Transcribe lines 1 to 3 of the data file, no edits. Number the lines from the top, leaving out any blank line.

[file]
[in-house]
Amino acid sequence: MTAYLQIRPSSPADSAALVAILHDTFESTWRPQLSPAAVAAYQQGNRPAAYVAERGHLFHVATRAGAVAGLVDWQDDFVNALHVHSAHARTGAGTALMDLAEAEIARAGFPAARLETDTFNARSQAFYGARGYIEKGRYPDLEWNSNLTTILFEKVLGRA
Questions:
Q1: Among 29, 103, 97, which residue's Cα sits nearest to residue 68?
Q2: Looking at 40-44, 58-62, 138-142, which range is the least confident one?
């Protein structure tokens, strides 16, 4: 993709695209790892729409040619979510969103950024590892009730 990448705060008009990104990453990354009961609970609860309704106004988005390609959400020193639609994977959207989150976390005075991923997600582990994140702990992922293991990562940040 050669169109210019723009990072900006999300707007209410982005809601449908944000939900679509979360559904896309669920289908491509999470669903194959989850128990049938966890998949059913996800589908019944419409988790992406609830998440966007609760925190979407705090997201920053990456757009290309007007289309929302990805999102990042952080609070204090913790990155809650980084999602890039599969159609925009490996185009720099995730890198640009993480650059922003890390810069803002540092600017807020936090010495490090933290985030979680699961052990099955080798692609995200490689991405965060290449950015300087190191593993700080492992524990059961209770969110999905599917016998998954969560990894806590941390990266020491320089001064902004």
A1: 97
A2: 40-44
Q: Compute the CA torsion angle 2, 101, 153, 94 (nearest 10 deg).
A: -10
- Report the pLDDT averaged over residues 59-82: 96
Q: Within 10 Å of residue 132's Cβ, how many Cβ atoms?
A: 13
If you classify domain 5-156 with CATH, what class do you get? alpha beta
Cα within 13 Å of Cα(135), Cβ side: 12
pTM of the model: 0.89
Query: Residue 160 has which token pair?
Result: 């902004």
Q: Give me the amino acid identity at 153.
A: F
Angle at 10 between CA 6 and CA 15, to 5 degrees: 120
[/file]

[in-house]
Amino acid sequence: MTAYLQIRPSSPADSAALVAILHDTFESTWRPQLSPAAVAAYQQGNRPAAYVAERGHLFHVATRAGAVAGLVDWQDDFVNALHVHSAHARTGAGTALMDLAEAEIARAGFPAARLETDTFNARSQAFYGARGYIEKGRYPDLEWNSNLTTILFEKVLGRA
Questions: